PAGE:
Monday, March 30, 2009

Hong Kong - Sushi Sumi

Having lived in the Happy Valley area for more than 7 years now, Sushi Sumi is one of 2 staples in the neighbourhood for Japanese cuisine (the other being Bojyo on King Kwong Street). While Sumi by no means the best Japanese restaurant in Hong Kong, they do some pretty decent favourites which I always order when I'm there.

The minced toro rice bowl is one of the best value and tasty ones around. With a generous amount of toro, and freshly cut condiments such as srping onions, daikon, carrots, perilla, and sweet preserved radish, it makes for a hearty meal in itself, especially since it is served alongside a smooth chawanmushi, and hot miso soup.

My other favourite is the Yakitori Tsukune (grilled minced chicken). The mix of various cuts of chicken including cartillage gives it a nice bite (almost crunch). Served with a sweetened sauce, it is a delight to savour with cold sake or Japanese fruit soda.
Sumi also serves up seasonal favourites and their sashimi/sushi is of pretty decent quality although these don't come cheap. Depending on season, you may get a good deal or come away feeling a little burnt. If unsure, best to ask.

On this occasion, they were having a Japanese Wagyu promotion, and despite good intentions to not have any more red meat nor deep fried stuff for the rest of the week, we succumbed to the Wagyu croquette. It is a main course portion and so there's plenty for 2 people if you have other food. Sinful but good smooth beefy goodness with a little mustard and Worcestershire sauce.

If you are ever in the neighbourhood, and want some Japanese, Sumi is not a bad choice to be had.

Sushi Sumi
G/F Elegance Court
2-4 Tsoi Street
Happy Valley
Hong Kong
Tel +853-2803 5558

Thursday, March 26, 2009

Hong Kong - Rice Paper

I've avoided Vietnamese food for some time since my visit to Hanoi in January. When you've spent enough time in a country and expect a certain quality to the local food, to eat it in another country sometimes can mar your experience and make you lose a little perspective on what to expect. 2 months later and in a place like Hong Kong, which has many residents of Vietnamese origin, it's probably not an unwise choice of cuisine. And with the competition, the queues at Rice Paper don't lie. While I would not classify it as the best around, it offers a pretty decent selection and at reasonable prices too.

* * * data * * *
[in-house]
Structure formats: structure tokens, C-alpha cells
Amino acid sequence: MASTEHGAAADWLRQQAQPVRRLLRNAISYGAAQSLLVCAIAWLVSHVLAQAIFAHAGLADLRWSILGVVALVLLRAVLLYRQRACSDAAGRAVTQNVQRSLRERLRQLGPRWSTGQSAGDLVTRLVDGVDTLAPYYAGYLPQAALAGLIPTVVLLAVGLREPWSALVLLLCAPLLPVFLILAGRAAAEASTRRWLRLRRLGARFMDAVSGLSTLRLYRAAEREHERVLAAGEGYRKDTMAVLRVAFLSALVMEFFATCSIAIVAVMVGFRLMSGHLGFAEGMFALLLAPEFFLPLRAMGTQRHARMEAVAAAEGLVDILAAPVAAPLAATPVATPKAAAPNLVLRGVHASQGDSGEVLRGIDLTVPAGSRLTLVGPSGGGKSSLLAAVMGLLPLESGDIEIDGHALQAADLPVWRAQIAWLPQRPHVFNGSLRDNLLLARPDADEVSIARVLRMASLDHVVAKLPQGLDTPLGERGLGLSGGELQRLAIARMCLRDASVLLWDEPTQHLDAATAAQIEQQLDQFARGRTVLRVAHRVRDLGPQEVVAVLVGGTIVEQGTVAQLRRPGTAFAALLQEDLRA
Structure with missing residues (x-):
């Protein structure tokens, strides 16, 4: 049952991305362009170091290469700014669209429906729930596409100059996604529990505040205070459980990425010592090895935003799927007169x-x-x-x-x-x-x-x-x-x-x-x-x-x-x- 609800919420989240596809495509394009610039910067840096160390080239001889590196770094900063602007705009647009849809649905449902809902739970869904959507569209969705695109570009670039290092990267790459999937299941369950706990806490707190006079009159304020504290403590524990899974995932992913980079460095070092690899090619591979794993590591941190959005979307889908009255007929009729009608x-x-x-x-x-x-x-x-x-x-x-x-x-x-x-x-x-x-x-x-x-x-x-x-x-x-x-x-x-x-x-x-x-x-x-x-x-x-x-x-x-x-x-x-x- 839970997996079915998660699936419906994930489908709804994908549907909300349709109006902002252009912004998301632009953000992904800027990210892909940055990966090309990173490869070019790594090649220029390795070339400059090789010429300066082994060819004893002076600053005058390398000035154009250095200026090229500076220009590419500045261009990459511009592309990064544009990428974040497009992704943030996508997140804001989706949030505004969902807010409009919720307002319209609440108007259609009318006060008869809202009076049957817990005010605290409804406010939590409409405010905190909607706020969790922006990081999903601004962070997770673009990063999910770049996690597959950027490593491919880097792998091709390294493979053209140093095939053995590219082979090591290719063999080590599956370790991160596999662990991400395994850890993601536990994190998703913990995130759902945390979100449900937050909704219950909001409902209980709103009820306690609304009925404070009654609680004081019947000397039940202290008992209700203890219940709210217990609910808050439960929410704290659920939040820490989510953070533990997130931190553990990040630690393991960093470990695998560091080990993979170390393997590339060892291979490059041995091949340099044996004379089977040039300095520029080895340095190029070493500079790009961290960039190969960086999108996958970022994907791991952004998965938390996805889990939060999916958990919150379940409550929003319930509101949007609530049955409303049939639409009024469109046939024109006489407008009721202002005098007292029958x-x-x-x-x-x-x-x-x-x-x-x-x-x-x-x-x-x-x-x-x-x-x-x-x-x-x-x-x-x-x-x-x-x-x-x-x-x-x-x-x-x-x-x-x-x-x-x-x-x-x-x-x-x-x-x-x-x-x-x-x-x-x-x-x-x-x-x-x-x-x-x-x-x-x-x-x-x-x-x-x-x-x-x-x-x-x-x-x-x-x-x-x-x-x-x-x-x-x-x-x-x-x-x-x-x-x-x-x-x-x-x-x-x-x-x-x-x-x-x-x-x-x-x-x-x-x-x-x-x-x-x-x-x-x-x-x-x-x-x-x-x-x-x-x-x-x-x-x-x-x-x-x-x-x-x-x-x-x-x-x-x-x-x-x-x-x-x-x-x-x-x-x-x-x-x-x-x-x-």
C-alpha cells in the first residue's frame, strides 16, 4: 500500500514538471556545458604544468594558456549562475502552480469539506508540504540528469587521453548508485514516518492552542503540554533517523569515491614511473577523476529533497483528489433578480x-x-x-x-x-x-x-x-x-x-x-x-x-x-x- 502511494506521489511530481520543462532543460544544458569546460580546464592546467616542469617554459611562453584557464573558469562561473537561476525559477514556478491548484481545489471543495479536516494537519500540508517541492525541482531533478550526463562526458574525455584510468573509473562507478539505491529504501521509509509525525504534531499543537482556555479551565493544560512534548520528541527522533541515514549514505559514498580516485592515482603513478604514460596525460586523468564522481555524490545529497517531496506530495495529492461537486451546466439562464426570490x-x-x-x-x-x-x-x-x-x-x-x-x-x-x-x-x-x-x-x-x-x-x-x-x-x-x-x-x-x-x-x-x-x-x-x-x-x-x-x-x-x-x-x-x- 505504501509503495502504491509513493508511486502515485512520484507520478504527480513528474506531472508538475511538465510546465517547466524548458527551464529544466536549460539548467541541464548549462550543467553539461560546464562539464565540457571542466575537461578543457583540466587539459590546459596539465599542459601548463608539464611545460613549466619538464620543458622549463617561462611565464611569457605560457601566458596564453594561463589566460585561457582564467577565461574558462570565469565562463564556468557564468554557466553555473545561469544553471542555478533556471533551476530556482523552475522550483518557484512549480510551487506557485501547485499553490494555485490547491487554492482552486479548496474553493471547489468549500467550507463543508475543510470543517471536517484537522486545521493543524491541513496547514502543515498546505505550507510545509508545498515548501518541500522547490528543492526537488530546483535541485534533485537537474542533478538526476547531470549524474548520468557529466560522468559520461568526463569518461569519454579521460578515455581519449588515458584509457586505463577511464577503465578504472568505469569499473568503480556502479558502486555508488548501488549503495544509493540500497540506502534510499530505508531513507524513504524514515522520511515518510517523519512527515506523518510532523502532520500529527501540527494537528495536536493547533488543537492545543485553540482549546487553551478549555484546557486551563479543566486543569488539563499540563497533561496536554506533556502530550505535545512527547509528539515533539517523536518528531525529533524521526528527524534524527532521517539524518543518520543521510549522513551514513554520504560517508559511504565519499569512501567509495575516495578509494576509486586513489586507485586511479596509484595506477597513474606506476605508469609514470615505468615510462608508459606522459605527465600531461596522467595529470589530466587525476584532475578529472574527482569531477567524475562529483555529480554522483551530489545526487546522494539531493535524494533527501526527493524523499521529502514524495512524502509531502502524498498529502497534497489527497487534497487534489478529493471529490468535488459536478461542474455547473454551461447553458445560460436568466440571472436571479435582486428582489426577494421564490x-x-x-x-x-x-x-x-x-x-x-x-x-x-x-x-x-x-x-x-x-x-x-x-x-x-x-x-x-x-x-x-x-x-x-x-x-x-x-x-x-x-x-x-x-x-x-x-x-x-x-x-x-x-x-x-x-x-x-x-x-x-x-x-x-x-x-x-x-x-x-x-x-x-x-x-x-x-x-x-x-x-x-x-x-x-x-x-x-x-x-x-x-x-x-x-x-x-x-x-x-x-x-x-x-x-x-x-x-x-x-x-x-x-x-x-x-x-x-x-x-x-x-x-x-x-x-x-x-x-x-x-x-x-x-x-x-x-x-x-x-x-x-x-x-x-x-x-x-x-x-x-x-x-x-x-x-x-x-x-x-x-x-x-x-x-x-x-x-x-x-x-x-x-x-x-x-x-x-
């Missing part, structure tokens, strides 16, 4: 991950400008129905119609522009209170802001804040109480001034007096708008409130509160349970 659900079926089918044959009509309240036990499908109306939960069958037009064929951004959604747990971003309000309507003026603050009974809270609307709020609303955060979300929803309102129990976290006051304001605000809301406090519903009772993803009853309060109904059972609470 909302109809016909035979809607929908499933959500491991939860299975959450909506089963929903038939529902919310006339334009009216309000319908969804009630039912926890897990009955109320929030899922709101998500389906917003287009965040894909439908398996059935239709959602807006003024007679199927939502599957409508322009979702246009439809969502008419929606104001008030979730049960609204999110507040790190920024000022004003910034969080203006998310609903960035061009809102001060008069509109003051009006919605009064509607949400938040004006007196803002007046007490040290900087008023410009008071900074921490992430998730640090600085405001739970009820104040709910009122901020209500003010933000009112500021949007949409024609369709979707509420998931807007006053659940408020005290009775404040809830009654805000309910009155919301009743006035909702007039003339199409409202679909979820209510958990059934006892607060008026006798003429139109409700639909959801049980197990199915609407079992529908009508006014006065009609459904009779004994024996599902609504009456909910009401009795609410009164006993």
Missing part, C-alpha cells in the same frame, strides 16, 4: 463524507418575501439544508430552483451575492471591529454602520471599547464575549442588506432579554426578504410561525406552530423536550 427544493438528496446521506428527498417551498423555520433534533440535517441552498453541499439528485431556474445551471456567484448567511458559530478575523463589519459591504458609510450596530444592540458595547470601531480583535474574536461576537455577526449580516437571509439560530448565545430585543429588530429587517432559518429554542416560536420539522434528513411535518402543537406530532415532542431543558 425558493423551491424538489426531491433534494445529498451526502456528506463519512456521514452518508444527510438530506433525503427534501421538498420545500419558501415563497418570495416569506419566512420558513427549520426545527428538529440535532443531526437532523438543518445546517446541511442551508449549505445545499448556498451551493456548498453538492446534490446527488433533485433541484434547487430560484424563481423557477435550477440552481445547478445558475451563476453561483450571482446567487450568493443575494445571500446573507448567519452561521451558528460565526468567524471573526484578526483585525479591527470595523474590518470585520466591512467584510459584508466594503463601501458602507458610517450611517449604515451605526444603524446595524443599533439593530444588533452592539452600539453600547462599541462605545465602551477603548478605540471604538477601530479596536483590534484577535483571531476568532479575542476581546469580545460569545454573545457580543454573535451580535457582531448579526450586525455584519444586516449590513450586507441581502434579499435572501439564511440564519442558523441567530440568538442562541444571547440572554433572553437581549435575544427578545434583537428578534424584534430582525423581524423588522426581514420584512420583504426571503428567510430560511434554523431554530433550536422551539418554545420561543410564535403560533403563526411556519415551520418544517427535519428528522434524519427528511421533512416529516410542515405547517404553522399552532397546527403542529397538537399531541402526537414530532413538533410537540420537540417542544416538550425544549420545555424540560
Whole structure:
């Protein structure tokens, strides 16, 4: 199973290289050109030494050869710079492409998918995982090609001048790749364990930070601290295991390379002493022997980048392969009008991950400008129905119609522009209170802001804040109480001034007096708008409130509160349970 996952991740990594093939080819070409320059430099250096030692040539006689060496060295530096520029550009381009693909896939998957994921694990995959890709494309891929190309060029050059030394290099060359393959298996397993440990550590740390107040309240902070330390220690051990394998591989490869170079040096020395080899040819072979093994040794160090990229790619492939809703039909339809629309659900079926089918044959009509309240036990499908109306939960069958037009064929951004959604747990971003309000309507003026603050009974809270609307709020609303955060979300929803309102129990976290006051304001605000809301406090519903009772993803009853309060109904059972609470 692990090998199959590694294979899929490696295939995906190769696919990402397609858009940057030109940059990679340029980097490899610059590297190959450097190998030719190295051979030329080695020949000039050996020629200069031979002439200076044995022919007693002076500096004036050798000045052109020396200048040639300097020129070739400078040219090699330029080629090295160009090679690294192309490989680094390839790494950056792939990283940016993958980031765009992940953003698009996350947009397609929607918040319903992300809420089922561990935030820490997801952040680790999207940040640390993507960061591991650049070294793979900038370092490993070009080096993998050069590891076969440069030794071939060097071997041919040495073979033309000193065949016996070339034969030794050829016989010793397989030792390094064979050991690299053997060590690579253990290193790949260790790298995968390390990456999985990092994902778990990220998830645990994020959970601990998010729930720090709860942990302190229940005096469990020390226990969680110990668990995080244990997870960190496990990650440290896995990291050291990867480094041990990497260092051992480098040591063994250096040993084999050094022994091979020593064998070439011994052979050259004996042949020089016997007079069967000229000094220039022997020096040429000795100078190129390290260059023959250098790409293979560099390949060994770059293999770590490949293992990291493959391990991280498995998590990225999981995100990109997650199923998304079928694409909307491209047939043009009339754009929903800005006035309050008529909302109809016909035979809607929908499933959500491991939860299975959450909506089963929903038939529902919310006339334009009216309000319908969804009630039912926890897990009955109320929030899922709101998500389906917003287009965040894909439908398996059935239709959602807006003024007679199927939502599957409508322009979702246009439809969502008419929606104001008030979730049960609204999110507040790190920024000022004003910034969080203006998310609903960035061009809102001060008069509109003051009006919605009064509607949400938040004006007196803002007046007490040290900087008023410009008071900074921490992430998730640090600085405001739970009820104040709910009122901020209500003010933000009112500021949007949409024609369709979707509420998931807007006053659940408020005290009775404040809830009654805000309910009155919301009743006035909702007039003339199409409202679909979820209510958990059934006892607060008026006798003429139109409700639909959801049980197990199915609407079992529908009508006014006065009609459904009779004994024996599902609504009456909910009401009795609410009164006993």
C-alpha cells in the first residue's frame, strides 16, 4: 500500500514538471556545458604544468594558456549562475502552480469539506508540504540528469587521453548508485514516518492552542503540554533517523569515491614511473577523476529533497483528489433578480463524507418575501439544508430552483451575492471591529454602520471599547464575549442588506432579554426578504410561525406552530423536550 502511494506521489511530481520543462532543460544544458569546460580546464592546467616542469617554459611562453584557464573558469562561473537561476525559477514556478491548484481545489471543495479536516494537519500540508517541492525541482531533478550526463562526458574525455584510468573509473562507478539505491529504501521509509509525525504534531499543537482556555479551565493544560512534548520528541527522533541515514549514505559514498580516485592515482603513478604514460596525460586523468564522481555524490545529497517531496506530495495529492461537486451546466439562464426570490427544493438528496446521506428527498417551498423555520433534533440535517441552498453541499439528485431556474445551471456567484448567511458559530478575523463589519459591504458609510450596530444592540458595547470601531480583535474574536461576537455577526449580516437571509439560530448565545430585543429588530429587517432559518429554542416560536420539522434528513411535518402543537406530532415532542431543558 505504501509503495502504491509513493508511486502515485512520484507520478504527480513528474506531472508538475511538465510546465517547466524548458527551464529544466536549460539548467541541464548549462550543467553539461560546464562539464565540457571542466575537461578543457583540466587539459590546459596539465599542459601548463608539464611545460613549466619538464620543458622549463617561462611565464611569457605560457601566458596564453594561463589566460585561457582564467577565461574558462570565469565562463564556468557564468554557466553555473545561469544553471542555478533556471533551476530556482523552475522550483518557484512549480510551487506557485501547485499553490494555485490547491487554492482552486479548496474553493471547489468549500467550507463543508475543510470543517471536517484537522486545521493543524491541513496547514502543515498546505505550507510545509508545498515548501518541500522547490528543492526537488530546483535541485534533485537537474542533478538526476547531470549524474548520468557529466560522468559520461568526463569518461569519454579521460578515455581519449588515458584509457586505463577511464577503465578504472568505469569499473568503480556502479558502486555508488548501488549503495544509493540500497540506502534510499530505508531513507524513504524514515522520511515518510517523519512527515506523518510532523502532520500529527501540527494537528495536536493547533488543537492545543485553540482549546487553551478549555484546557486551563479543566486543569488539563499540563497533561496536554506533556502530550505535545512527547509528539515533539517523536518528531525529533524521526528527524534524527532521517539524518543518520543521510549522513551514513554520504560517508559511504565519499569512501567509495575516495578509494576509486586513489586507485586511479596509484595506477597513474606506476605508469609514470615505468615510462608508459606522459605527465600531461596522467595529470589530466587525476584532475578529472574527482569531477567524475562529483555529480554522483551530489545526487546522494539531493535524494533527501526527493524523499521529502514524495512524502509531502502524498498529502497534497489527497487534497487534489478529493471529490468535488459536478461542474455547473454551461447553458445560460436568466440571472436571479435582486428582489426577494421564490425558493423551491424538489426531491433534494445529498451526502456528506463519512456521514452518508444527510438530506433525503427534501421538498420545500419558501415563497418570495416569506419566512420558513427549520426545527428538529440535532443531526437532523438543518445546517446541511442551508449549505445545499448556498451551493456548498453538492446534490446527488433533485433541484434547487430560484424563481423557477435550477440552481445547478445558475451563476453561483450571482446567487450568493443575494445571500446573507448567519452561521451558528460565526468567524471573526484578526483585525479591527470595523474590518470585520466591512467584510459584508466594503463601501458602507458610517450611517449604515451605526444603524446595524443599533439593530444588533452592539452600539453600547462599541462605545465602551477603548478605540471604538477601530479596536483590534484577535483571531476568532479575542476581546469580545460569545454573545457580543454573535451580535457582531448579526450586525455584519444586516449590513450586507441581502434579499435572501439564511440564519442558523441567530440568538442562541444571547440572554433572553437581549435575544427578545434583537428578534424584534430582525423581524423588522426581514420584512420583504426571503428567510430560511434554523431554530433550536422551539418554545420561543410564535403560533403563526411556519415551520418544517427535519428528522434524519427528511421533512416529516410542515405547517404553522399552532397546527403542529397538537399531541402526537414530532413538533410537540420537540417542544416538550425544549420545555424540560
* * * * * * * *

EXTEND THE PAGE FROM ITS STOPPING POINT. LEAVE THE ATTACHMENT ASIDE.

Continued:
On this occasion, I went to the Harbour City location. It is my favourite mall in Hong Kong and after a few hours of shopping, Rice Paper is a fairly comfortable and vibrant place to settle into for a light dinner.

I like the noodle dishes. For seafood lovers, the crab meat noodles are good and deceptively light despite its robust colours.

While the beef noodles are better, I had the chicken on this occasion for health reasons (too much red meat and certainly not because I want to dice with the avian flu syndrome)! The broth is clear and not oily, which is nice.

The crispy pancake is not as thin and light as in Hanoi, and nothing spectacular. The fresh vegetables and scattered pieces of shrimp did nothing for me, although I could be severly biased because of the rampant presence of deep fried shallots, which masked the taste of the fresh ingredients. I did like the fish sauce and lime laced honey dip, even dipping my chicken pieces from my noodles in it. Maybe that's why there wasn't enough to go round... sshh...

But the real reason we come to Rice Paper is for the dessert. The banana cake with honey ice cream topped with a honeycomb brittle is one of my favourite desserts. The warmed cake is spongy but dense enough to put up a good defence to the melting ice cream and the honeycomb bits are of course, pure bonus! Always a happy ending!

Rice Paper has an extensive menu and is worth going to for something different yet reasonably healthy. Reservations are essential at peak hours.

Shop 3319, Level 3,
Gateway Arcade, Harbour City,
Tsim Sha Tsui
Hong Kong
Tel: +852 3151 7801

Saturday, March 21, 2009

Singapore - Ma Maison (The Central)

Foreign-inspired Japanese food have been around for so long that it is almost a culture in itself. International (well at least within the Asian region) favourites include Japanese curry (eaten with rice or udon), the deep-fried breaded series of foods including pork, shrimp and of course the croquette, pastas, and of course, the hambaagu! Ma Maison (originally from Nagoya) specialises in bringing some of these favourites in a French cottage feel. The modern alternative comfort food.

Ma Maison is known to pack in the crowds but on a recent Sunday, we managed to stroll in without reservations at about 8 in the evening. The decor is very well done and the immediate cosy feel of a French cottage hits you. And if you get a table by the window, the lights along Clarke Quay are in full view.

As a first course, we shared the Mentaiko Spaghetti. It was just a little short of al dente although it should be kept in mind that I like my pastas more firm than the local norm. Tasty enough but not enough mentaiko to go round. Otherwise competent though.

The piece de resistance at Ma Maison are the hamburger patties (or Hambaagu). For effect, we were recommended the hot plate version, which the patty arrives on, followed closely by the waiter with a little pot of sauce, which sizzles up the whole plate and causes quite a ruckus and smells to boot, when he pours it over. Quite a sense of arrival. The sauce is slightly tangy from the lime but together with the grated radish, works to cut through the grease. Pretty good although the beef wasn't "beefy"enough for me. Tasty enough though.

Another novelty: take the key below to the cashier for payment when you are done.